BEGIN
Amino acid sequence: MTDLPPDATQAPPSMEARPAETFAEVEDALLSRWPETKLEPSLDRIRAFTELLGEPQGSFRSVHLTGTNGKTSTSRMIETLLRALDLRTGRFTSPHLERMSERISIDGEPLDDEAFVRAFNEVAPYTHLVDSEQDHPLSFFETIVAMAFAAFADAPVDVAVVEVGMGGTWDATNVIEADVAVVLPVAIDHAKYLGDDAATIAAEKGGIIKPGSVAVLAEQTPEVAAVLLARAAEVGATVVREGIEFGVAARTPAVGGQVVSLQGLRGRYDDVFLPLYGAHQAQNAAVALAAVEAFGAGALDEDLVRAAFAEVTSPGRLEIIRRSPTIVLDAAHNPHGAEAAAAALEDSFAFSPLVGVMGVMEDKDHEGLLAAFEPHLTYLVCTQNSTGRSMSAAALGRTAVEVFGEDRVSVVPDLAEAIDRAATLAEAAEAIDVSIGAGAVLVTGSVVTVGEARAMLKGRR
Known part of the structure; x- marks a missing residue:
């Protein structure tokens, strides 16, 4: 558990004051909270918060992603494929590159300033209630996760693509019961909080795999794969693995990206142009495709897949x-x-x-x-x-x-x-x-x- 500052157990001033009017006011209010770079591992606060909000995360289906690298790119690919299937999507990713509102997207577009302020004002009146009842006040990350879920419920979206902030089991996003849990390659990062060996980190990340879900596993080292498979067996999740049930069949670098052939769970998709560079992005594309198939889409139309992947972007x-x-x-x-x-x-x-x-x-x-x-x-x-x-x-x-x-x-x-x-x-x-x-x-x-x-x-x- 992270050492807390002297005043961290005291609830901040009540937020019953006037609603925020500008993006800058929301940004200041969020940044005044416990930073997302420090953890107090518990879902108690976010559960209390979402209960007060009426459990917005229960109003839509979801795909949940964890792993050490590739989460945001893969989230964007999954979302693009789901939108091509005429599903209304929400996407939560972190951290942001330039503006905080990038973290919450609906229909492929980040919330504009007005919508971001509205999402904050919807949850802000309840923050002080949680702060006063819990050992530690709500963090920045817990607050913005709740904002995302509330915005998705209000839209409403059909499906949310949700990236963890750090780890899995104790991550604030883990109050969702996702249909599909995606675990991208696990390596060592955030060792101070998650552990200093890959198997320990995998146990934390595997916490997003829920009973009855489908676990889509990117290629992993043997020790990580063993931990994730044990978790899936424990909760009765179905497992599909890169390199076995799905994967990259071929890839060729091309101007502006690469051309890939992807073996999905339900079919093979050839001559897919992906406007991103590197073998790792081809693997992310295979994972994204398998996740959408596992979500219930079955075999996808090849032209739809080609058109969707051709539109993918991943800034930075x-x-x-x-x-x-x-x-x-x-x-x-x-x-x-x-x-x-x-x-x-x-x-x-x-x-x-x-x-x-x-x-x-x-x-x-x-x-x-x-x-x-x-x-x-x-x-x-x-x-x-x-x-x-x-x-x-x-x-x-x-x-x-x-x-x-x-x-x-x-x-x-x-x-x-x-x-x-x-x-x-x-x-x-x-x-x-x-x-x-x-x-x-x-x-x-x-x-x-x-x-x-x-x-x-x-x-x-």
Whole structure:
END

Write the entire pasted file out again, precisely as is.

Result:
Amino acid sequence: MTDLPPDATQAPPSMEARPAETFAEVEDALLSRWPETKLEPSLDRIRAFTELLGEPQGSFRSVHLTGTNGKTSTSRMIETLLRALDLRTGRFTSPHLERMSERISIDGEPLDDEAFVRAFNEVAPYTHLVDSEQDHPLSFFETIVAMAFAAFADAPVDVAVVEVGMGGTWDATNVIEADVAVVLPVAIDHAKYLGDDAATIAAEKGGIIKPGSVAVLAEQTPEVAAVLLARAAEVGATVVREGIEFGVAARTPAVGGQVVSLQGLRGRYDDVFLPLYGAHQAQNAAVALAAVEAFGAGALDEDLVRAAFAEVTSPGRLEIIRRSPTIVLDAAHNPHGAEAAAAALEDSFAFSPLVGVMGVMEDKDHEGLLAAFEPHLTYLVCTQNSTGRSMSAAALGRTAVEVFGEDRVSVVPDLAEAIDRAATLAEAAEAIDVSIGAGAVLVTGSVVTVGEARAMLKGRR
Known part of the structure; x- marks a missing residue:
């Protein structure tokens, strides 16, 4: 558990004051909270918060992603494929590159300033209630996760693509019961909080795999794969693995990206142009495709897949x-x-x-x-x-x-x-x-x- 500052157990001033009017006011209010770079591992606060909000995360289906690298790119690919299937999507990713509102997207577009302020004002009146009842006040990350879920419920979206902030089991996003849990390659990062060996980190990340879900596993080292498979067996999740049930069949670098052939769970998709560079992005594309198939889409139309992947972007x-x-x-x-x-x-x-x-x-x-x-x-x-x-x-x-x-x-x-x-x-x-x-x-x-x-x-x- 992270050492807390002297005043961290005291609830901040009540937020019953006037609603925020500008993006800058929301940004200041969020940044005044416990930073997302420090953890107090518990879902108690976010559960209390979402209960007060009426459990917005229960109003839509979801795909949940964890792993050490590739989460945001893969989230964007999954979302693009789901939108091509005429599903209304929400996407939560972190951290942001330039503006905080990038973290919450609906229909492929980040919330504009007005919508971001509205999402904050919807949850802000309840923050002080949680702060006063819990050992530690709500963090920045817990607050913005709740904002995302509330915005998705209000839209409403059909499906949310949700990236963890750090780890899995104790991550604030883990109050969702996702249909599909995606675990991208696990390596060592955030060792101070998650552990200093890959198997320990995998146990934390595997916490997003829920009973009855489908676990889509990117290629992993043997020790990580063993931990994730044990978790899936424990909760009765179905497992599909890169390199076995799905994967990259071929890839060729091309101007502006690469051309890939992807073996999905339900079919093979050839001559897919992906406007991103590197073998790792081809693997992310295979994972994204398998996740959408596992979500219930079955075999996808090849032209739809080609058109969707051709539109993918991943800034930075x-x-x-x-x-x-x-x-x-x-x-x-x-x-x-x-x-x-x-x-x-x-x-x-x-x-x-x-x-x-x-x-x-x-x-x-x-x-x-x-x-x-x-x-x-x-x-x-x-x-x-x-x-x-x-x-x-x-x-x-x-x-x-x-x-x-x-x-x-x-x-x-x-x-x-x-x-x-x-x-x-x-x-x-x-x-x-x-x-x-x-x-x-x-x-x-x-x-x-x-x-x-x-x-x-x-x-x-």
Whole structure: